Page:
Bill Starr | January 28, 2010

"Throwers were some of the very first competitive athletes, other than Olympic weightlifters, to make strength a prime consideration in their overall training. In the fifties and early sixties when sports coaches were constantly telling their athletes to stay away from any form of weight training, throwers were doing just the opposite. Parry O’Brien, Bill Neider, Dallas Long, and Randy Matson were extremely strong and they ruled the sport."

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Mark Rippetoe and stef bradford, PhD, SSC | January 09, 2010

" hip is best understood as the use of an actively locked lumbar extension and actively shoved-out knees, which results in a below-parallel squat that incorporates a stretch reflex using all the muscles of the posterior chain in the most optimal way possible. The active hip gets the thighs out of the way of the pelvis so good depth can be more easily obtained. At the same time it makes the squat stronger because of the now-active use of the external rotators holding the femurs out so that both external rotators and adductors can contribute to hip extension. This produces a more effective use of more muscles over a wider range of motion."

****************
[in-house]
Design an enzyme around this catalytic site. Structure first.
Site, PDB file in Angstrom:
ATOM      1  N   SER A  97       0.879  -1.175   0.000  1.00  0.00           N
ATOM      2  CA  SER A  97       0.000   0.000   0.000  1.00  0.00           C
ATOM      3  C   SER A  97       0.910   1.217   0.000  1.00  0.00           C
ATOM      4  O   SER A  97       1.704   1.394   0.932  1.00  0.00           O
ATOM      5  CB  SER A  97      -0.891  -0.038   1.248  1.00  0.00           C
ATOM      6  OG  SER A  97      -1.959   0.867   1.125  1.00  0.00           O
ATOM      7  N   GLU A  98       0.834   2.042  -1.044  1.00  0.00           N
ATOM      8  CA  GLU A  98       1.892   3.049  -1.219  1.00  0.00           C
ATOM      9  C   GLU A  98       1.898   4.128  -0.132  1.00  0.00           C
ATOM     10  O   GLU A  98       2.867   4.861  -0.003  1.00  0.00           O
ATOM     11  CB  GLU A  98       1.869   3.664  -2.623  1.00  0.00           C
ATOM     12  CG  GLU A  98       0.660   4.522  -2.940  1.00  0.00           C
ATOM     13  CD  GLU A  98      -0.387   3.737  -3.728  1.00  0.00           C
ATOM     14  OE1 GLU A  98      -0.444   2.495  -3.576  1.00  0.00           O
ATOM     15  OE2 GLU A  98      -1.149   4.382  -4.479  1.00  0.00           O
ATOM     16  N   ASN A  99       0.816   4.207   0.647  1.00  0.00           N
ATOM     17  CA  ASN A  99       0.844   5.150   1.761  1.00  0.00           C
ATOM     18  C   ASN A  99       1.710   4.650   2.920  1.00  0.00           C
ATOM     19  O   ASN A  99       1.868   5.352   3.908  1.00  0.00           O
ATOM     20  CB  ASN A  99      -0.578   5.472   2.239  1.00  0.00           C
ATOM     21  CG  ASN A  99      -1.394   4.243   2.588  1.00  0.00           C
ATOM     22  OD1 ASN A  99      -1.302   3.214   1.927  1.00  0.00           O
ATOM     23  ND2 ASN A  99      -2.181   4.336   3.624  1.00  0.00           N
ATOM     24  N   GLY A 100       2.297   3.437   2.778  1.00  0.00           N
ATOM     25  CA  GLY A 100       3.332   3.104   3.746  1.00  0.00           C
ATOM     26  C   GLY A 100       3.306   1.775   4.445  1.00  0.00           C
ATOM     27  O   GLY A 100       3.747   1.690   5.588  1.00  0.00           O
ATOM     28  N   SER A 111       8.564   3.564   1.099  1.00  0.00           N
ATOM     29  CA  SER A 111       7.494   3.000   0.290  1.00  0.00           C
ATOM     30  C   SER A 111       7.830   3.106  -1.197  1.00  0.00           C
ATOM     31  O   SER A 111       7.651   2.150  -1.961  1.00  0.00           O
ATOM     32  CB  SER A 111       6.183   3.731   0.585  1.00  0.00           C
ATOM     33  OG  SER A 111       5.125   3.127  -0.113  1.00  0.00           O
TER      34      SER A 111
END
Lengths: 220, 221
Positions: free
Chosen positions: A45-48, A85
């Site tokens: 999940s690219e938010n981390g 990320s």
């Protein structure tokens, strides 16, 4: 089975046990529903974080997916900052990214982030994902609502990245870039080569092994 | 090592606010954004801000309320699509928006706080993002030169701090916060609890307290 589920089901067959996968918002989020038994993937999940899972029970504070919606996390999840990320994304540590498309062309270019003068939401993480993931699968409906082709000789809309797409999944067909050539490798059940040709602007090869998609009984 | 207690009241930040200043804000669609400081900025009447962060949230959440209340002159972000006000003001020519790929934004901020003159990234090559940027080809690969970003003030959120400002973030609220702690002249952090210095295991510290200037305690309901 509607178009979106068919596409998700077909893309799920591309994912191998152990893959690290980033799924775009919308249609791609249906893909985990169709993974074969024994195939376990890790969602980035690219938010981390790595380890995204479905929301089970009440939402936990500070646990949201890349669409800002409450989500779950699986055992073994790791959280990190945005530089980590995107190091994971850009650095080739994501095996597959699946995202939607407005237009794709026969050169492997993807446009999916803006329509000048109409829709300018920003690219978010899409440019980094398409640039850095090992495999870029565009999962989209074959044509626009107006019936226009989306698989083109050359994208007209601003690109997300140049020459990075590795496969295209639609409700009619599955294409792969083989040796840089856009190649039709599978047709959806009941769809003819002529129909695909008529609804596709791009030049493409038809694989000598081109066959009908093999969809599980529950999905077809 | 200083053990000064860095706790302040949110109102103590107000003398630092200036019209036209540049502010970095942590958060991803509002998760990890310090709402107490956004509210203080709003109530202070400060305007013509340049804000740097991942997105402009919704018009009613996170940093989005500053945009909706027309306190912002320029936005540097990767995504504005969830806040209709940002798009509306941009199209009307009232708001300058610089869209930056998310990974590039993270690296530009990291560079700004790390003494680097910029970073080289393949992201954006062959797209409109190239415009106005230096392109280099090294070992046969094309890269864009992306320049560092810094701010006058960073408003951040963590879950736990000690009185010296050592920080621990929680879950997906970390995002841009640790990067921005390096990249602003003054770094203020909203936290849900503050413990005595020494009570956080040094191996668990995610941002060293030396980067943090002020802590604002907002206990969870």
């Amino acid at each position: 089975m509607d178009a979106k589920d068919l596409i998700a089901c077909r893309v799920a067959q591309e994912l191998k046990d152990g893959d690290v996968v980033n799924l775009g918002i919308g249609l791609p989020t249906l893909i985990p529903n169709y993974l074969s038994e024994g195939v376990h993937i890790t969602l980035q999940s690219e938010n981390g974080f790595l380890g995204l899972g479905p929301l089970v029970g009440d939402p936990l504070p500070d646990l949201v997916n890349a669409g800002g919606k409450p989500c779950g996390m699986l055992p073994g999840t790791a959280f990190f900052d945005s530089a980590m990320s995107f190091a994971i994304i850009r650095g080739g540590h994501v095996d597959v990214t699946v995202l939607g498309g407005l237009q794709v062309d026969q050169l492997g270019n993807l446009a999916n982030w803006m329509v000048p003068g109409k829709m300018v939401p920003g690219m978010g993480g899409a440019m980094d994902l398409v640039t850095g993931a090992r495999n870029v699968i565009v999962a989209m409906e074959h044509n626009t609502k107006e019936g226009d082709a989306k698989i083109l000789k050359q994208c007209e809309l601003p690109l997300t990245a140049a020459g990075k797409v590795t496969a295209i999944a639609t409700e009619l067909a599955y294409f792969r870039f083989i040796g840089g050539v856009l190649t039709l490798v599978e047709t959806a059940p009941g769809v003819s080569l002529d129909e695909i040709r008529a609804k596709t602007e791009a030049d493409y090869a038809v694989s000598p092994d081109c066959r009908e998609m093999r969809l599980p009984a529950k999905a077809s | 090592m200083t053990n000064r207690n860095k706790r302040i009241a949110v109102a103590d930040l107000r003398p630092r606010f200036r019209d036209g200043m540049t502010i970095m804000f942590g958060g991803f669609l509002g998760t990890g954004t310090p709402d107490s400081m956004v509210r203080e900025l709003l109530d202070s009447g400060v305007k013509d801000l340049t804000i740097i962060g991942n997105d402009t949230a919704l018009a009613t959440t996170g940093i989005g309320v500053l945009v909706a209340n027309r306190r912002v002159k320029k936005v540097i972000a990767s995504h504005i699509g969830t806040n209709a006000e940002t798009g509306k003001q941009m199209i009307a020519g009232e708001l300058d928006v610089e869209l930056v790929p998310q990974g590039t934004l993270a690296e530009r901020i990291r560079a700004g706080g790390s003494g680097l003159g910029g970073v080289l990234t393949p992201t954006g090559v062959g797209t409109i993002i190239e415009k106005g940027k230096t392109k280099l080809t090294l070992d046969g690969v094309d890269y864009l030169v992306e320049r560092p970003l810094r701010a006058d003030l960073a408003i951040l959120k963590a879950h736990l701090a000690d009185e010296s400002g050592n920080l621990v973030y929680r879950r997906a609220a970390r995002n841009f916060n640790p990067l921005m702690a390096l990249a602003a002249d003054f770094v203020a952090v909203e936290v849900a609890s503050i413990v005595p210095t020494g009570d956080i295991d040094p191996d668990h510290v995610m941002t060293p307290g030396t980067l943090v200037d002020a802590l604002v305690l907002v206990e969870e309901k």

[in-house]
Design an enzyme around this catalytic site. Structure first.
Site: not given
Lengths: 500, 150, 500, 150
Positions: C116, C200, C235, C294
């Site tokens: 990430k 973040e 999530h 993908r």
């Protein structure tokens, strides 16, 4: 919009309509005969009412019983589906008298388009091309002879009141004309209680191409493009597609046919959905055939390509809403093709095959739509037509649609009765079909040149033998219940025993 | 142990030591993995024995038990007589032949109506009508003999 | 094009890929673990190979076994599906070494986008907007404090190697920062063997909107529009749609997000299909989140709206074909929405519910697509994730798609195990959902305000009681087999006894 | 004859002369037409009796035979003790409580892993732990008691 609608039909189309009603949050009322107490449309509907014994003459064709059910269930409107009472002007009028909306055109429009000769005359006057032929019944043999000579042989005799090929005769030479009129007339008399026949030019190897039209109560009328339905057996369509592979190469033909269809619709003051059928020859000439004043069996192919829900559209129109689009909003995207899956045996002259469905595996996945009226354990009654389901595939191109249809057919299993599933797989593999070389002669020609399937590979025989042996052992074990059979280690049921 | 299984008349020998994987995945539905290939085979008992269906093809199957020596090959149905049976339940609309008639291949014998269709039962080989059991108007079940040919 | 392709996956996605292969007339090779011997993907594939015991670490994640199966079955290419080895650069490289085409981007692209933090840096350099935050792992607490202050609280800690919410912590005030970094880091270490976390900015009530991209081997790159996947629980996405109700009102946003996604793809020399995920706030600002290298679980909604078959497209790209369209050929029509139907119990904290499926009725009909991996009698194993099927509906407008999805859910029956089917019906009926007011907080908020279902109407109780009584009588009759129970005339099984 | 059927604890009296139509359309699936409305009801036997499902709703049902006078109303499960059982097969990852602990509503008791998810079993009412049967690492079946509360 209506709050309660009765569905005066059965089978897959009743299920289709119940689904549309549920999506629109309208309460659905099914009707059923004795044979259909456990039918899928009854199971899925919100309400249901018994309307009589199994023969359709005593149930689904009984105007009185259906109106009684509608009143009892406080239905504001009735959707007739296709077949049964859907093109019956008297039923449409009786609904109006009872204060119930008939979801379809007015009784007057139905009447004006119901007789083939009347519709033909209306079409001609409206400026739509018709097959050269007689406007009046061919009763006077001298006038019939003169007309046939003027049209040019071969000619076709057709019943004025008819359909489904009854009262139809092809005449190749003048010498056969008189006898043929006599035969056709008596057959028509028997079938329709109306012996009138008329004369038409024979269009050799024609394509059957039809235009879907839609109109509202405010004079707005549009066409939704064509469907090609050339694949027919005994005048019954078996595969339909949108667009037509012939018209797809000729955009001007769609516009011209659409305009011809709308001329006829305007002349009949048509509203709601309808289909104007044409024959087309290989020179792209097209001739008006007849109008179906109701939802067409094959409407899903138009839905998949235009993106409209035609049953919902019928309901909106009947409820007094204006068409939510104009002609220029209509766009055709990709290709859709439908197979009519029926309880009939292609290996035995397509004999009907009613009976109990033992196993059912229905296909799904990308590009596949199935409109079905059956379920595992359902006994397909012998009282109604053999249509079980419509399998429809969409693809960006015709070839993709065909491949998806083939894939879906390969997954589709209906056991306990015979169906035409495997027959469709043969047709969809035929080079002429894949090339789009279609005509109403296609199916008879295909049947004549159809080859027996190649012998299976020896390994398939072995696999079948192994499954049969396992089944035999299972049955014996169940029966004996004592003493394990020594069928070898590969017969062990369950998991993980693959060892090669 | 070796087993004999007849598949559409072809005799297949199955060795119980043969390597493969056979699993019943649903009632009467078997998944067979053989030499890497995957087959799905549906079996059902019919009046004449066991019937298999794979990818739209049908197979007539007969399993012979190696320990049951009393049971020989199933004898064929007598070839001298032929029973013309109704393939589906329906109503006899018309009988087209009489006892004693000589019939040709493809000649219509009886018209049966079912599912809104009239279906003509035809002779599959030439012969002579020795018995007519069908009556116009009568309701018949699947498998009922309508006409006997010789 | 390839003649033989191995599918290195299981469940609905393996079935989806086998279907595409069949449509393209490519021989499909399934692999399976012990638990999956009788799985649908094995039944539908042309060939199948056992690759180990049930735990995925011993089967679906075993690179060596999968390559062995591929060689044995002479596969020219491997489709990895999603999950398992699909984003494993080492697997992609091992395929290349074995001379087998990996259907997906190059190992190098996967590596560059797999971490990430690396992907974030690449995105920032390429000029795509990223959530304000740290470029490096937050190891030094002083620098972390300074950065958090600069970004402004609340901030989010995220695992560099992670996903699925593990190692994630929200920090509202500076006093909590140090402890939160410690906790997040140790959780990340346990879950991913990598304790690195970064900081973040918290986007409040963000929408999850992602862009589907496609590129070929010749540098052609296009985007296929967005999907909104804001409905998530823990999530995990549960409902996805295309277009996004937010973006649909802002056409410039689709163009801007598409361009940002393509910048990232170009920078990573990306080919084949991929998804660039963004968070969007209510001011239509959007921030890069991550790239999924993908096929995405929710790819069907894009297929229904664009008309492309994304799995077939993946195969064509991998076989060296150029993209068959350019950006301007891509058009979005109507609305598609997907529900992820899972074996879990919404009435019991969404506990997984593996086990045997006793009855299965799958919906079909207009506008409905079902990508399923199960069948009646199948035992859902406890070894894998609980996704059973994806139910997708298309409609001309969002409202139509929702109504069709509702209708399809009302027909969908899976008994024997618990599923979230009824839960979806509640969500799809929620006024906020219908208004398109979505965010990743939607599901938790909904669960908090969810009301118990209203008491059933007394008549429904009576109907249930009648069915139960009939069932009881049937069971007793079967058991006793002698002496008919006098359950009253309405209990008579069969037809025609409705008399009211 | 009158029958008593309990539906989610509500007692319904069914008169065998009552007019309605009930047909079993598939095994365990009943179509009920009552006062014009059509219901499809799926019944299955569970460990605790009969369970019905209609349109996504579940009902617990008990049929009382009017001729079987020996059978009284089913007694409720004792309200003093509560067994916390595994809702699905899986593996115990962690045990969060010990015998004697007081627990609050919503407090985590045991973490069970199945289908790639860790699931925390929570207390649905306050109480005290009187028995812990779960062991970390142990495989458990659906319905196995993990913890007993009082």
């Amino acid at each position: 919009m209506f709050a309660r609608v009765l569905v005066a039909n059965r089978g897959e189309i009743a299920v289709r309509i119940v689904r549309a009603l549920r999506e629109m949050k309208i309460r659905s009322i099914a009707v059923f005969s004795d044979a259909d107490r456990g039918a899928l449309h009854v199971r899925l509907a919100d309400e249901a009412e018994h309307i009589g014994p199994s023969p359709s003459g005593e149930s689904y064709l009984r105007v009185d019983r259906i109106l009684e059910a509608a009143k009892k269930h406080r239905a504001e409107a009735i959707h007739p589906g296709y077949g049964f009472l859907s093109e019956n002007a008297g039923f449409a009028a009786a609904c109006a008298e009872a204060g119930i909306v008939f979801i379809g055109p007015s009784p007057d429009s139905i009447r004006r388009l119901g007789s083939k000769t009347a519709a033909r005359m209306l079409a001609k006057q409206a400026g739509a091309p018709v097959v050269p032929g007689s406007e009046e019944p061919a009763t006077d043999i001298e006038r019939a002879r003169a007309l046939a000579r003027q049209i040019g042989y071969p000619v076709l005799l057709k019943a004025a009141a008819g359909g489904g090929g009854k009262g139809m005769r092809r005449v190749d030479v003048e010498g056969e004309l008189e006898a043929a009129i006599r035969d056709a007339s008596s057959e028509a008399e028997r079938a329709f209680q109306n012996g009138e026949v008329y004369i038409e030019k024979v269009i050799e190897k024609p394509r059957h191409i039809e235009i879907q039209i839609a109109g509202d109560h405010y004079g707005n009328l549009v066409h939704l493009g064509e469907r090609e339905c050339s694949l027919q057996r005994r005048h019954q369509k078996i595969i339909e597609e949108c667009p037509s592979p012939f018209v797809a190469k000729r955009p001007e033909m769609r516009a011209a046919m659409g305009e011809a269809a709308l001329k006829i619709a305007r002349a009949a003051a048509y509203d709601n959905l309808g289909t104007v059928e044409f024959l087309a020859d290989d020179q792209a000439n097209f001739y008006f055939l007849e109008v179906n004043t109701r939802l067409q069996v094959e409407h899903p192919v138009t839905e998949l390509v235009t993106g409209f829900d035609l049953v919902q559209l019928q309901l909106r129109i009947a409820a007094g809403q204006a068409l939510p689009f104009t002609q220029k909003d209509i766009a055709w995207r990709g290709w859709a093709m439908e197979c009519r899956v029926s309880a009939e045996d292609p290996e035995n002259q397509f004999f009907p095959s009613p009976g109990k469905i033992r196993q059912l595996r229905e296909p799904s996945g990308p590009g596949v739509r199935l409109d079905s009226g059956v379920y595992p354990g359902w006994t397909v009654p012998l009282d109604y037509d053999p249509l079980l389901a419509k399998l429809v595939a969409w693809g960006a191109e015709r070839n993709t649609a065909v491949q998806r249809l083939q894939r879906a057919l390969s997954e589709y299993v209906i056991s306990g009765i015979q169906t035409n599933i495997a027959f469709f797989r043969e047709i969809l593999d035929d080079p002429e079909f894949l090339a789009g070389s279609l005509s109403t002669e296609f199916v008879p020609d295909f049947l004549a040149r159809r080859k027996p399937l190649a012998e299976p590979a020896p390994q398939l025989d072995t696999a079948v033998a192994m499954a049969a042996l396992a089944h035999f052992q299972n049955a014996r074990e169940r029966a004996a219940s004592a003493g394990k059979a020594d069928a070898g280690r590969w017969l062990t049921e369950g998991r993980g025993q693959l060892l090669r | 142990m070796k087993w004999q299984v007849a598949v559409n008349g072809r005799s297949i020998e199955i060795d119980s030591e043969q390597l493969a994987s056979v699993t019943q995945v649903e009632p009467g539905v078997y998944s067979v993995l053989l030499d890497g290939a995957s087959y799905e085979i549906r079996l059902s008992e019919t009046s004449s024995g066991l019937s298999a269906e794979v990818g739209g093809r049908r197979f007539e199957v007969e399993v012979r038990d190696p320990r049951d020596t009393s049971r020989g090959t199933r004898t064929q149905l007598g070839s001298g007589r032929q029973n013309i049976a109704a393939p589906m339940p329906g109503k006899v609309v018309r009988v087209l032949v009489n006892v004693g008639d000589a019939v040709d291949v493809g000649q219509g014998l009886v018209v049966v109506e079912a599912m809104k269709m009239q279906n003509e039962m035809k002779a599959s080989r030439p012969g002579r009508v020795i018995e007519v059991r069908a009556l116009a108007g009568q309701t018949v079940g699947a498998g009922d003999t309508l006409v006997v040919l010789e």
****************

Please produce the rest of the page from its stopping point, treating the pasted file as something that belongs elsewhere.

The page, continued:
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Mark Rippetoe | January 04, 2010

"We have a member here at WFAC who gained 55 pounds in 11 weeks. I shit you not. Zach Evetts started with us here in late August of 2009 and by November 12 when I weighed him and measured his bodyfat he had gained a total of 55 pounds of bodyweight and a little over 31 pounds of lean body mass (LBM). This calculates to a LBM gain of 2.84 pounds per week, approximately the rate of growth seen in young farm animals. Little baby pigs grow about this fast, and lots of people make money by raising baby pigs."

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